No other politician (except Alabama Governor George Wallace) symbolized resistance to civil rights more than Strom Thurmond. This excellent, sweeping biography is an essential update of the authors’ 1998 account, Ol’ Strom, made necessary by Essie Mae Washington-Williams’ public admission in 2004 that she was Thurmond’s bi-racial daughter. The authors skillfully weave throughout the book the life of Washington-Williams and her relationship to her father, which tempered Thurmond’s shrill attacks on civil rights by his concern for and support—if not acknowledgment—of his daughter and her children.
Thurmond was born in 1902 in Edgefield, South Carolina, a county with a long history of violence toward African-Americans. Essie Mae, his first daughter, was born in 1925. Her mother, Carrie Butler, was a sixteen-year-old domestic worker.
In 1948, Thurmond ran as the “Dixiecrat” candidate for president on a racist platform of white supremacy, thinly disguised behind a veneer of states rights politics, an ugly campaign that the authors recount well. He served in the U.S. Senate for forty-eight years, longer than anyone, from 1954 to 2003, retiring at age 100. Despite a weak legislative record, Thurmond was a master at bringing large amounts of federal aid to South Carolina, and he had an enduring influence on national politics. His Dixiecrat candidacy paved the way for the rise of the Republican Party in the South.
Thurmond condemned the 1954 Brown v Board of Education Supreme Court decision, and he set a record, which still stands, of filibustering for twenty-four hours against the weak 1957 Civil Rights Bill. However, by 1970, he recognized the growing political power of South Carolina’s African-Americans. In 1982, he supported the extension of the Voting Rights Act, and the following year he advocated legislation to make Martin Luther King’s birthday a national holiday. His funeral in 2003 was attended by thousands of South Carolinians—white and black.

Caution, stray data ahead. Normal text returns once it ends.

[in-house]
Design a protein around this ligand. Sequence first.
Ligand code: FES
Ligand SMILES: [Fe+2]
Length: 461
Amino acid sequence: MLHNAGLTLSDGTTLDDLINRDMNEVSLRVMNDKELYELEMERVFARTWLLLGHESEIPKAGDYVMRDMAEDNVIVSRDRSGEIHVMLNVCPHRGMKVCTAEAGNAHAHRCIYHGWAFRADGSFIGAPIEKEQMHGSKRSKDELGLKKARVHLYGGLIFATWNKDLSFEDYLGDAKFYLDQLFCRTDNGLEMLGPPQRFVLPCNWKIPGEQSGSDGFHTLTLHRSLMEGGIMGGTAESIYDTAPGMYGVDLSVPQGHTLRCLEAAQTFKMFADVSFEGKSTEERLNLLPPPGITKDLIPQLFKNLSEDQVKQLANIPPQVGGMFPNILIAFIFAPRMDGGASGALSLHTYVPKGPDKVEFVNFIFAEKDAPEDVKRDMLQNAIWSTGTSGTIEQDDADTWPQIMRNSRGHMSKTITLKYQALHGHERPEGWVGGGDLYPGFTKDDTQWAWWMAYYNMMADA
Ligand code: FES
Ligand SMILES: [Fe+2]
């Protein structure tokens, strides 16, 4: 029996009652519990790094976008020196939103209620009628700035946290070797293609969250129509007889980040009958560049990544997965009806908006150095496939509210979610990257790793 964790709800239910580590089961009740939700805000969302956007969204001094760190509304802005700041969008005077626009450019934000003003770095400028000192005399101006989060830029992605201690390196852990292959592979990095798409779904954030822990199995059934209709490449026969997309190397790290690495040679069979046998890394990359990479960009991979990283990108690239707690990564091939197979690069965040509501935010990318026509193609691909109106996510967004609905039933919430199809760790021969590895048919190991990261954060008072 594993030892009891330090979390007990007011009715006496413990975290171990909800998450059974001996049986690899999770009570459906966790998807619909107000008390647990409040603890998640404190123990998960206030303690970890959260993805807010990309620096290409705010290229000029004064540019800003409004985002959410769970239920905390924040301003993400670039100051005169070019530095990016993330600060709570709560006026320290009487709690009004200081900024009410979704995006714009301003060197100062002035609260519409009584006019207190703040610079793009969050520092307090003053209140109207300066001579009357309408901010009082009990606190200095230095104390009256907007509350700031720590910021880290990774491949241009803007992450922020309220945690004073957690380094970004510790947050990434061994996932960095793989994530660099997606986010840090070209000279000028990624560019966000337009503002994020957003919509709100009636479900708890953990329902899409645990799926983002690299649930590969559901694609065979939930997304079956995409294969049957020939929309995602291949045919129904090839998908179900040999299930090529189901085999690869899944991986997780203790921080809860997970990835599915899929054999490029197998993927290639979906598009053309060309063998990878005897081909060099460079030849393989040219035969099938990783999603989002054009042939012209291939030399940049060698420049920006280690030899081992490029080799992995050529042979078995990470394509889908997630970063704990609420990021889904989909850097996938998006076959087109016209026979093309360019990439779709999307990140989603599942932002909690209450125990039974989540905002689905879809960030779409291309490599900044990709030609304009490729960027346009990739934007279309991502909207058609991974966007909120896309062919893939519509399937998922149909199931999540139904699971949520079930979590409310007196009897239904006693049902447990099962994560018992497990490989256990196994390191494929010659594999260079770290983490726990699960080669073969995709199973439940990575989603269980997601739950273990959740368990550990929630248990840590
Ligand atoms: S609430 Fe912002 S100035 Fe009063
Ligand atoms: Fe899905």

Bass and Thompson are well qualified to tell Thurmond’s story. Bass has written or co-authored six books, including Taming the Storm, which received the 1994 Robert F. Kennedy Book Award. Thompson, an author and reporter who covered Thurmond in the late 1970s, is currently the editor of the Lexington, Kentucky Herald-Leader. The authors of this lucid and entertaining narrative cannot be faulted for not determining if Thurmond evolved during his life from his early racist roots, or if he merely came to support legislation beneficial to African-Americans because of their potential votes. This remains a question that probably no one—maybe not even “Ol’ Strom” himself—could answer.